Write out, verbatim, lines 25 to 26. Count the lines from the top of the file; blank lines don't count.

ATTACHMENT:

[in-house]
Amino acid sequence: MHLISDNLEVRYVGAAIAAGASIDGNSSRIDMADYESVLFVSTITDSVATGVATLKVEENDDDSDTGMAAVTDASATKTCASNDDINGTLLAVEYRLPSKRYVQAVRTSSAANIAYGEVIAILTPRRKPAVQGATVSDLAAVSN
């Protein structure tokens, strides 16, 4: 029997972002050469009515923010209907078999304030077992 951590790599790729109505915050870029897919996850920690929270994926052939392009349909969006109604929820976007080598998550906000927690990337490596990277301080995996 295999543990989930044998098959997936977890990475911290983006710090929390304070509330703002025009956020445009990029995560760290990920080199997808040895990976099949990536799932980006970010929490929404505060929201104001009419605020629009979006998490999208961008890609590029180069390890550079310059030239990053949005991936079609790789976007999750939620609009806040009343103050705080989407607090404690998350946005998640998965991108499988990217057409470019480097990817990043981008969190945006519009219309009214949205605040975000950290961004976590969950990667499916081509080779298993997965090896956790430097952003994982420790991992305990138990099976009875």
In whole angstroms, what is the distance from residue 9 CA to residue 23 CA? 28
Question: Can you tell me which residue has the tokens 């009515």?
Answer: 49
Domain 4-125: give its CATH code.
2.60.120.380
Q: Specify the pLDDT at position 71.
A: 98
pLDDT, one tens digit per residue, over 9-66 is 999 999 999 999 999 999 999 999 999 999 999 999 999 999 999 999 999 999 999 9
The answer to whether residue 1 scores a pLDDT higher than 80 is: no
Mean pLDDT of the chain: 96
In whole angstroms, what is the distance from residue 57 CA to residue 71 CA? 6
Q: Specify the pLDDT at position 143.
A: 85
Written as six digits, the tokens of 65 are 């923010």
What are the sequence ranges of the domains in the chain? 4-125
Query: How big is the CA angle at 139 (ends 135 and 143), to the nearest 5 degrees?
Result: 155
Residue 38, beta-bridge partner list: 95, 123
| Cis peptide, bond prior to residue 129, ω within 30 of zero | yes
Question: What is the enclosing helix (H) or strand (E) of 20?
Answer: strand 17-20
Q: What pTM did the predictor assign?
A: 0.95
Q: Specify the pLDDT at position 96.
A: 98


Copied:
Q: What pTM did the predictor assign?
A: 0.95